"I'm not concerned with your liking or disliking me. All I a
J. H. Minde | Boca Raton, Florida and Brooklyn, New York | 09/30/2008
(5 out of 5 stars)
"THE JACKIE ROBINSON STORY stars Jackie Robinson himself. Ruby Dee plays his wife Rachel. This 1950 film is a very bowdlerized account of Robinson's life and the struggles he faced integrating Major League Baseball. Jackie played for the Brooklyn Dodgers from 1947 to 1956 (their halcyon years), and was one of the most creative players on the field.
The baseball diamond, however, was simply the stage where Jackie played out, in complete isolation at first, one of the most dramatic social transformations in American history. By stepping onto the grass at Ebbets Field on April 15, 1947, Jackie singlehandedly thrust the issue of civil rights into the forefront of the American consciousness. He paid a terrible price in verbal and psychological abuse, injuries inflicted by other players, death threats, and more. He prevailed, and America is a better place because of it, but Jackie's life was undoubtedly shortened by the ordeal. He died in 1972, blind and halt from diabetes, white haired and aged far beyond his 52 years.
This film is crucially important because it is a document of Robinson's struggle, no matter how gentrified for a film audience. It is unique, because Robinson portrays himself. It is timely, as Robinson's field debut occurred only three years before the film's release, and virtually everyone represented in the film was still directly involved with Robinson. This is Hollywood's sincere attempt to come to grips with the impending Civil Rights Movement, a Movement spearheaded by Robinson.
Robinson is an unpolished actor whose great talent is his intensity. Even though this is a film, and even though this illuminates past events, Robinson is living through every minute of every experience, not acting at all. The film has an air of having been hastily thrown together, but despite the roughnesses of its 8mm home movie feel, this film is compelling to watch.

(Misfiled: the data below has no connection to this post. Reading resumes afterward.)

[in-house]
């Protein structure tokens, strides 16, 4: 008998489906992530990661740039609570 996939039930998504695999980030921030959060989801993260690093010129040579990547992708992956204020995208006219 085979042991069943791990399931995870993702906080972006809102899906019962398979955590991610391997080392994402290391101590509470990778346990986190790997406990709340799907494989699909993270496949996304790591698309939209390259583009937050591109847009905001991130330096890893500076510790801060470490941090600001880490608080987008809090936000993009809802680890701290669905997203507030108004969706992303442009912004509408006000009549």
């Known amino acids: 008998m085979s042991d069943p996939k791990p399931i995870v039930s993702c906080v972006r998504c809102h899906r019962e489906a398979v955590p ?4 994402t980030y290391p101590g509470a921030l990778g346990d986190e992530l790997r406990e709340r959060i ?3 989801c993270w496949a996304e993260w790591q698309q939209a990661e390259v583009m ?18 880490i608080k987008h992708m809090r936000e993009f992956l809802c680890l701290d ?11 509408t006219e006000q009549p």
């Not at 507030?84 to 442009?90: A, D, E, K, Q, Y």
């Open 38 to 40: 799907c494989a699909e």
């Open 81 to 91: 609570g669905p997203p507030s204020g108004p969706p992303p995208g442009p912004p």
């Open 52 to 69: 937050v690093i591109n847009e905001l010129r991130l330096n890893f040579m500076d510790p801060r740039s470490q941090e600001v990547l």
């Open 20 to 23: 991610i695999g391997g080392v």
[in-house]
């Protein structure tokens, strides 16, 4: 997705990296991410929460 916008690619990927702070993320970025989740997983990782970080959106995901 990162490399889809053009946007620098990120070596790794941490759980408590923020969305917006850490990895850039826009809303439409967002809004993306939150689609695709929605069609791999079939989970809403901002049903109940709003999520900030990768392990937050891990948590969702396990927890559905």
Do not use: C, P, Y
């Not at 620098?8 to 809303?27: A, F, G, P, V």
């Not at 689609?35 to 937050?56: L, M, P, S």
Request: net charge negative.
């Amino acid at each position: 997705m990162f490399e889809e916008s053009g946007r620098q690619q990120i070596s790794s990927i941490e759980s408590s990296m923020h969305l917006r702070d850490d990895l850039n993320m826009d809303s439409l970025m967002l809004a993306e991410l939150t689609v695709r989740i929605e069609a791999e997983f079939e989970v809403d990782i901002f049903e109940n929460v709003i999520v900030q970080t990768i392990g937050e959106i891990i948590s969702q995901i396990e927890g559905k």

No one can really understand what Jackie Robinson, "the loneliest man in baseball" felt in his gut, but we can honor him, and have. He was a trailblazer. His talent was legendary. His number, 42, has been retired throughout the Major Leagues. He was the first Rookie of the Year, a Most Valuable Player, a Hall of Famer, and posted impressive statistics even in his rookie year when the possibility of his being shot from the stands was an ugly, very real, possibility. He may have been the loneliest man in baseball, but he was also the bravest man in America for the longest stretch of time."
Classy B movie
S J Buck | Kent, UK | 09/22/2007
(4 out of 5 stars)
"This is a film biography of the legendary Jackie Robinson. The first black, major league Baseball player. It was a brave film to make in 1950, considering that racial segregation and the colour bar were all still in place. However an element of hypocrisy spoils the film at the end when the statement "This can only happen in a free country like America..." is thrown in, presumably to placate the white audience of the time.
Robinson plays himself, and whilst he's not a great actor, he does a decent job. If the film is anywhere near the truth he was, as well as being a hugely talented sportsman, a dignified and intelligent man who despite frequent provocation ignored the abuse (monkey noises etc) and went about his business. The rest of the cast are of a similar standard and the script is crisp, because the film is only 76mins long.
Its the message of the movie that will remain with you long after you've seen it, even if the ending is a bit hypocritical. Well worth buying."